Setting up a Windows Home Server 1


A long time ago, I was in the Windows Home Server beta.  It was a useful solution for backing up my network and I enjoyed testing it out immensely.  However, there were a few things that I wished it could do.  At the end of the beta, I stopped participating, except occasionally looking at what they offered for us to test.  Now, I’m getting back into the swing of things.

Windows Home Server (if you’re not familiar with the product) is based on Microsoft’s Windows Server 2003.  It has been reconfigured for what Microsoft deems a home user’s needs.  It provides you with a centralized backup system for all of your network computers (up to 10) and monitors certain factors of the network (antivirus installed, updates needed, and whatever the security center provides).  You also have the option of web-based access to your files, music, pictures, and video from any computer that can access the server.

You’re given a web-link to yoursitename.homeserver.com which will provide the web access.  And you’re not limited to the computers in your network when it comes to accessing and downloading from your server.  Anyone who has a username and password can use any computer (as long as it will run the necessary ActiveX controls) to access the server.  Best part is, you can use Remote Desktop from the server to any computer inside of your network (which is capable of receiving the connections)—all from outside of your network via a browser.

I’ve set up an evaluation copy of Home Server, and am in the process of tweaking things.  And I intend to move it to another computer in the near future.  Some of the things that I’ve ran into include the following…

  • If you have your network cable connected during the initial installation, you will run into a problem where any name you put in for the server triggers an error message “The name you have chosen is already in use on your network.”  The fix is simple, unplug the cable and try the name again.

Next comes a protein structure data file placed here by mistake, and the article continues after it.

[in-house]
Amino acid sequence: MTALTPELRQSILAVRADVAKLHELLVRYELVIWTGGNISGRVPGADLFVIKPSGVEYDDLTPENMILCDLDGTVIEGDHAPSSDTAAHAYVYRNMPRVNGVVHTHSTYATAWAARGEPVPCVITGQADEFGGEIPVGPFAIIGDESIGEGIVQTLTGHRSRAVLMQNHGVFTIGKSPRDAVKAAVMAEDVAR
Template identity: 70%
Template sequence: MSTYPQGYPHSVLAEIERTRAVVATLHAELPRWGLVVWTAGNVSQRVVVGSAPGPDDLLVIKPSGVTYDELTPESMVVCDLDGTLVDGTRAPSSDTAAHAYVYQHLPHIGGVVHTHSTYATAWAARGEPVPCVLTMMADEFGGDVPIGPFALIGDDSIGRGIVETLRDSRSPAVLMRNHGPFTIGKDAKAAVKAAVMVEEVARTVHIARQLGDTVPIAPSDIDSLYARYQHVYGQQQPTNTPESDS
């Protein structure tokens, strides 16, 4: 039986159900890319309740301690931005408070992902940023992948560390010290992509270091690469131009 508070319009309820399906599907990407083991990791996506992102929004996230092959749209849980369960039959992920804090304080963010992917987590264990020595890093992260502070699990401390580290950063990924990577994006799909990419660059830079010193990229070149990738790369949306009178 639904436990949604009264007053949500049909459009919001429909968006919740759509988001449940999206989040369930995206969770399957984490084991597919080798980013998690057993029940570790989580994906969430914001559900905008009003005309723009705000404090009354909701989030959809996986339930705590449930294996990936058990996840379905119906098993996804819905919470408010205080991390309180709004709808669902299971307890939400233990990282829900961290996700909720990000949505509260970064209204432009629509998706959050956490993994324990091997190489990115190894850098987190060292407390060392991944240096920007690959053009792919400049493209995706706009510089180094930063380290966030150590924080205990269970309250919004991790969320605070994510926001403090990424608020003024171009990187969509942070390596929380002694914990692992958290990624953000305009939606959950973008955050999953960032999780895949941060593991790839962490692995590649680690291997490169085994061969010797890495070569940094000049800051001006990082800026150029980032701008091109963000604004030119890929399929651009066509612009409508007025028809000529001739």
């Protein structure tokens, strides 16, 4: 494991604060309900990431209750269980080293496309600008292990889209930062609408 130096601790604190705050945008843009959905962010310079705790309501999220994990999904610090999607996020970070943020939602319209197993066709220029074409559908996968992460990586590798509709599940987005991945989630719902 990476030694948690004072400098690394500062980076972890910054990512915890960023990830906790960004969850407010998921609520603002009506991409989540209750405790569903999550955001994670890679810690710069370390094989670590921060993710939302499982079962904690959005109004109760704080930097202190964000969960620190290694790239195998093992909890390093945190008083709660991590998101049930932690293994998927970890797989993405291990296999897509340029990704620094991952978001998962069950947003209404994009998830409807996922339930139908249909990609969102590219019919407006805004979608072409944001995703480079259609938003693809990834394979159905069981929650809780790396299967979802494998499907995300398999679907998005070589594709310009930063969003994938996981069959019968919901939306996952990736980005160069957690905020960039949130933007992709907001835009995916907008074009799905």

• If you have an IP address in the 192.168.x.x range, then you need to do three things.  1)  Create a static IP on the server. 2) Make sure that UPnP is enabled on your modem or router before you start the configuration of Remote Access on Windows Home Server. 3) Configure your router or modem to forward the following ports to that IP: 80 (HTTP ), 443 (SSL or SSH access), and 4125.  You’ll want to cover your bases and choose “Both” in the TCP/UDP options.

The latest beta (PowerPack 3) is supposed to allow Windows Home Server to automatically pull your Recorded TV shows into the storage.  Prior to this, you had to do that manually.  Record them on your Media Center PC and then copy them over.  I’m not entirely sure what all of the advancements are, but that one alone seems great.

One unfortunate thing about Home Server is, you have to purchase antivirus programs that are geared towards it (or towards servers in general).  There are a few “free” programs, and some of the others are low-cost.  Hopefully the Antivirus that you have installed on your personal computers will have a family pack that works on Home Server.  Otherwise, Avast, AVG, BitDefender, F-Secure, and NOD32 are probably the chepest options.  But, you’ll want to check into this yourself.

As I play more, I’ll post about my experiences.  Currently, I’m on the 120 day evaluation.  Which is nice, because it gives me 4 months to decide if I want to spend $99.00 on a copy, $399.00 on a low-end system, or scrap the entire thing.

Have a great day:)
Patrick.


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